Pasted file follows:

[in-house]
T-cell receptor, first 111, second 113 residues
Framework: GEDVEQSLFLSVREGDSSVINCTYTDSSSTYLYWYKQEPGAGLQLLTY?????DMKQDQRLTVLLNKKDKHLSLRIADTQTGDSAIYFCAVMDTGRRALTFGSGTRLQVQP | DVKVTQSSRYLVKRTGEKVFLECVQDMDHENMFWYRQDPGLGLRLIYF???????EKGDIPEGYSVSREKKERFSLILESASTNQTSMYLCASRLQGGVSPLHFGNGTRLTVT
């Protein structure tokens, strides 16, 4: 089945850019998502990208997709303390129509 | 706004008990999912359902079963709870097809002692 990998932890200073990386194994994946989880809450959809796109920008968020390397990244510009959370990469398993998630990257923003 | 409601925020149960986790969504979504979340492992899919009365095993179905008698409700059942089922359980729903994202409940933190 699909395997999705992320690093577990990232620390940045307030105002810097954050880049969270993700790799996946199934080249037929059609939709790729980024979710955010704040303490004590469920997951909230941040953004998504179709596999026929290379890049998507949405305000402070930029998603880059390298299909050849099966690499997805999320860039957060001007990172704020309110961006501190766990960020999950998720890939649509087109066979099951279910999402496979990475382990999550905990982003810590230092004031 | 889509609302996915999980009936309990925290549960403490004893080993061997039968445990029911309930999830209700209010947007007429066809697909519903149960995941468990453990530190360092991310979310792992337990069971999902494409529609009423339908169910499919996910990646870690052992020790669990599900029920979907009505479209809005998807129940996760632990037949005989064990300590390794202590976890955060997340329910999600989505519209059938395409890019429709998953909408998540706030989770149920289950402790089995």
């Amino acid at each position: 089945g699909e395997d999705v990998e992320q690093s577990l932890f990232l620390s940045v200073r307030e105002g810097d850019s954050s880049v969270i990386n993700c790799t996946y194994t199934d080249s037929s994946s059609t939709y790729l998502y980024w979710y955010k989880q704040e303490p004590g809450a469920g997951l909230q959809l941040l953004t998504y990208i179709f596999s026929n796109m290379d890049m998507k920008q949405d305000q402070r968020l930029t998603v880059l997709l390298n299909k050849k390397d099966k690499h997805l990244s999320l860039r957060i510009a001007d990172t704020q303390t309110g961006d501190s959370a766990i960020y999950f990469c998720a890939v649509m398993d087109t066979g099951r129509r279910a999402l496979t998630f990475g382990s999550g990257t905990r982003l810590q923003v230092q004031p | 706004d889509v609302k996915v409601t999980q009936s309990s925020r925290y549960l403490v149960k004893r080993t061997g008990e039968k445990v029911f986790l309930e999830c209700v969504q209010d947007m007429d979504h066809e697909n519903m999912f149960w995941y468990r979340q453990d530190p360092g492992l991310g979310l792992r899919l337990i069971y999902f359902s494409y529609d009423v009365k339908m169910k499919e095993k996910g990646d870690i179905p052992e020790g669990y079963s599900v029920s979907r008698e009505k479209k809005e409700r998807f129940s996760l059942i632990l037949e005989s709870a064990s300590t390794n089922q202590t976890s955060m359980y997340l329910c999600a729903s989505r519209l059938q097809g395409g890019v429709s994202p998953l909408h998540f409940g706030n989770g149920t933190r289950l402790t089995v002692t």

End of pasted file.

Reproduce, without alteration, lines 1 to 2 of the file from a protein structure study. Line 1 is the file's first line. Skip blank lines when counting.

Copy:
[in-house]
T-cell receptor, first 111, second 113 residues